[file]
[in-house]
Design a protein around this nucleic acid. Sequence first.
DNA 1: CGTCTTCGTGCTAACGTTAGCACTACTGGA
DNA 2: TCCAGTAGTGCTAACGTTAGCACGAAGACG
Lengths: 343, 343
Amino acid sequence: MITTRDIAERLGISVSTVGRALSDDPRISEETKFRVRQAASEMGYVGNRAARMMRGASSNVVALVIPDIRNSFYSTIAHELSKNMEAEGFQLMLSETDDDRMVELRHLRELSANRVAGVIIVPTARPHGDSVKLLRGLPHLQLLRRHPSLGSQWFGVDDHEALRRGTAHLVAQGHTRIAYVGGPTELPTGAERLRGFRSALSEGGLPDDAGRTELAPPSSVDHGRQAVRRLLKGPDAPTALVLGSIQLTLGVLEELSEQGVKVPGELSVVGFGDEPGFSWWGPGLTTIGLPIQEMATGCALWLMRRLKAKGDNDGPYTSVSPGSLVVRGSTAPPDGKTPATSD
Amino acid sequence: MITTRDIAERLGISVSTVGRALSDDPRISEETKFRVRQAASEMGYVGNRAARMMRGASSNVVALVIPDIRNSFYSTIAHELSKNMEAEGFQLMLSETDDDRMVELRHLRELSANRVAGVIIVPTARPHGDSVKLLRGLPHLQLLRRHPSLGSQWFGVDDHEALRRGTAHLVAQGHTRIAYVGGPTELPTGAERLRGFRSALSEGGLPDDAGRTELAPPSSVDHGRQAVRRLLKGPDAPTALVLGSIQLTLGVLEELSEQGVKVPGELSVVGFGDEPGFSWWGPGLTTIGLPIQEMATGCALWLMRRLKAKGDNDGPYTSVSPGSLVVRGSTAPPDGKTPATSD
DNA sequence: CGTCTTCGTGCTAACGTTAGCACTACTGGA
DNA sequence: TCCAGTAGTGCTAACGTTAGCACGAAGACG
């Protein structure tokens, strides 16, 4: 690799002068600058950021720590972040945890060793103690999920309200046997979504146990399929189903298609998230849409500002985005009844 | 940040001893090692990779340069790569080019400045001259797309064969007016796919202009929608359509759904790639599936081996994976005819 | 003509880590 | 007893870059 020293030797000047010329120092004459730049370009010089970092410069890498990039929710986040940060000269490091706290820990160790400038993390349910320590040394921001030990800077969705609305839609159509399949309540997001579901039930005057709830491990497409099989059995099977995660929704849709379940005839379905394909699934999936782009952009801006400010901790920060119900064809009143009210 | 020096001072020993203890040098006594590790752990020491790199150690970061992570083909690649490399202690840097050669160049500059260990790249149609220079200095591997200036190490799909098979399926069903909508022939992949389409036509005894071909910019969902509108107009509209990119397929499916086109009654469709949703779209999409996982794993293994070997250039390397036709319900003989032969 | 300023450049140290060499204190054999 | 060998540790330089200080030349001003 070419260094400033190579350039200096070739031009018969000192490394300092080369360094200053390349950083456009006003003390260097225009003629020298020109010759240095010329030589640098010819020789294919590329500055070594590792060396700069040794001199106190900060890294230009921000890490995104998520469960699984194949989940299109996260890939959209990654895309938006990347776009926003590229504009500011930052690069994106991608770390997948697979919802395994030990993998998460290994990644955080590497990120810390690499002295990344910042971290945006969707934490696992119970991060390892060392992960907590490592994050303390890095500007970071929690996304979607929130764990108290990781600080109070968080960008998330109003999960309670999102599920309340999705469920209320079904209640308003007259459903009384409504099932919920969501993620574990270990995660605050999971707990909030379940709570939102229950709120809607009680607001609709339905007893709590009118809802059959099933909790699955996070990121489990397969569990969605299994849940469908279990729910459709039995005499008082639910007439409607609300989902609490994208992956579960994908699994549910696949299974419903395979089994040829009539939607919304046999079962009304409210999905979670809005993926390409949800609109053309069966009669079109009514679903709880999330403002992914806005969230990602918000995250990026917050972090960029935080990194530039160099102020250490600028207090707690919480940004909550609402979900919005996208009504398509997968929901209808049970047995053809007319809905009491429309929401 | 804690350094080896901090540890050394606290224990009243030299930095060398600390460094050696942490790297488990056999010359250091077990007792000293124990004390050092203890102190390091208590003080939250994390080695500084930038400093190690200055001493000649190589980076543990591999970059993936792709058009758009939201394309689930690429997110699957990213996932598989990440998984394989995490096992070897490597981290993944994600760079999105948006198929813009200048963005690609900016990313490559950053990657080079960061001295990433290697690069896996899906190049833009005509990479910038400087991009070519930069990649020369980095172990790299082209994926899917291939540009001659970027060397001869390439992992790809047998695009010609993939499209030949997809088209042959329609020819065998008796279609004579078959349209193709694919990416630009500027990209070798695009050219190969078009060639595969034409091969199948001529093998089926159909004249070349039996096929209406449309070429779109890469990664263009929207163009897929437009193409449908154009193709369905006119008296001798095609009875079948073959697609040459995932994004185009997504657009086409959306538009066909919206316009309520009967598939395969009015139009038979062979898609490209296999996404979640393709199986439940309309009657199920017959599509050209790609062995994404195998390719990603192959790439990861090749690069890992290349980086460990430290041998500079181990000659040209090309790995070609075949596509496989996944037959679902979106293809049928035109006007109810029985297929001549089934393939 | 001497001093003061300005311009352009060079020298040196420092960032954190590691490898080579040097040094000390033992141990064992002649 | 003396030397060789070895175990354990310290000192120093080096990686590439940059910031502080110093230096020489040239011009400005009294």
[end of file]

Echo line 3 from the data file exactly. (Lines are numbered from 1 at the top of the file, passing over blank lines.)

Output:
DNA 1: CGTCTTCGTGCTAACGTTAGCACTACTGGA